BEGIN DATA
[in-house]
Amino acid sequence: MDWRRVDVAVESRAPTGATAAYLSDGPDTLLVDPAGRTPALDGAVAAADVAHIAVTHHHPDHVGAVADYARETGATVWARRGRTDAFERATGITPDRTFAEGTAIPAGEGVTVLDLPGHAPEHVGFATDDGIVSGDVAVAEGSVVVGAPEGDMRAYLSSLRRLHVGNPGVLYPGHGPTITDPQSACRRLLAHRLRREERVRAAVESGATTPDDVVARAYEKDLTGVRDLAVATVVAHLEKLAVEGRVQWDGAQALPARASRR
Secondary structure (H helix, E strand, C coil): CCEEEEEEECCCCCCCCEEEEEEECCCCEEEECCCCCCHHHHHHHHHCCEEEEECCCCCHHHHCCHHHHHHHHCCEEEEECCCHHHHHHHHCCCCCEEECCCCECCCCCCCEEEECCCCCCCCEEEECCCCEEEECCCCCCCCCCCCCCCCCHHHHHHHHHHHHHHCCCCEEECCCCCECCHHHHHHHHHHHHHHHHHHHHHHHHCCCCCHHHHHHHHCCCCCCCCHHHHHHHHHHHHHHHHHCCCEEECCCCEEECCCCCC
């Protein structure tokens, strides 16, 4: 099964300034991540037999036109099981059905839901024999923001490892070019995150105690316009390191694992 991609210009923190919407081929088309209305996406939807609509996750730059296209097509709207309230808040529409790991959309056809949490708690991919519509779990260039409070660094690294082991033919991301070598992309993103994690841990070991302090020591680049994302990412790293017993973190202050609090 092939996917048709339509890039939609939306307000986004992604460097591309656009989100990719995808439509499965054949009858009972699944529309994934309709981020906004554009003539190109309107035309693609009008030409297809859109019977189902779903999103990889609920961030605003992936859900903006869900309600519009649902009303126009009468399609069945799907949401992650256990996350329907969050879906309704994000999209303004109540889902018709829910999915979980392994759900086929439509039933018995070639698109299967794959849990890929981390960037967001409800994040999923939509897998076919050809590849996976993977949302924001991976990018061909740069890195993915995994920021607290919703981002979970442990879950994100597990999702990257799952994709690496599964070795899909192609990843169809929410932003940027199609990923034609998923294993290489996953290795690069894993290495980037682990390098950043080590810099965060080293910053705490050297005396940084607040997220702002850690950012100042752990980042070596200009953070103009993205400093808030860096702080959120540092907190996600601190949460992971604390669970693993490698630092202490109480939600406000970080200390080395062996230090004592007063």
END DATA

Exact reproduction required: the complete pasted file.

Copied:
[in-house]
Amino acid sequence: MDWRRVDVAVESRAPTGATAAYLSDGPDTLLVDPAGRTPALDGAVAAADVAHIAVTHHHPDHVGAVADYARETGATVWARRGRTDAFERATGITPDRTFAEGTAIPAGEGVTVLDLPGHAPEHVGFATDDGIVSGDVAVAEGSVVVGAPEGDMRAYLSSLRRLHVGNPGVLYPGHGPTITDPQSACRRLLAHRLRREERVRAAVESGATTPDDVVARAYEKDLTGVRDLAVATVVAHLEKLAVEGRVQWDGAQALPARASRR
Secondary structure (H helix, E strand, C coil): CCEEEEEEECCCCCCCCEEEEEEECCCCEEEECCCCCCHHHHHHHHHCCEEEEECCCCCHHHHCCHHHHHHHHCCEEEEECCCHHHHHHHHCCCCCEEECCCCECCCCCCCEEEECCCCCCCCEEEECCCCEEEECCCCCCCCCCCCCCCCCHHHHHHHHHHHHHHCCCCEEECCCCCECCHHHHHHHHHHHHHHHHHHHHHHHHCCCCCHHHHHHHHCCCCCCCCHHHHHHHHHHHHHHHHHCCCEEECCCCEEECCCCCC
């Protein structure tokens, strides 16, 4: 099964300034991540037999036109099981059905839901024999923001490892070019995150105690316009390191694992 991609210009923190919407081929088309209305996406939807609509996750730059296209097509709207309230808040529409790991959309056809949490708690991919519509779990260039409070660094690294082991033919991301070598992309993103994690841990070991302090020591680049994302990412790293017993973190202050609090 092939996917048709339509890039939609939306307000986004992604460097591309656009989100990719995808439509499965054949009858009972699944529309994934309709981020906004554009003539190109309107035309693609009008030409297809859109019977189902779903999103990889609920961030605003992936859900903006869900309600519009649902009303126009009468399609069945799907949401992650256990996350329907969050879906309704994000999209303004109540889902018709829910999915979980392994759900086929439509039933018995070639698109299967794959849990890929981390960037967001409800994040999923939509897998076919050809590849996976993977949302924001991976990018061909740069890195993915995994920021607290919703981002979970442990879950994100597990999702990257799952994709690496599964070795899909192609990843169809929410932003940027199609990923034609998923294993290489996953290795690069894993290495980037682990390098950043080590810099965060080293910053705490050297005396940084607040997220702002850690950012100042752990980042070596200009953070103009993205400093808030860096702080959120540092907190996600601190949460992971604390669970693993490698630092202490109480939600406000970080200390080395062996230090004592007063």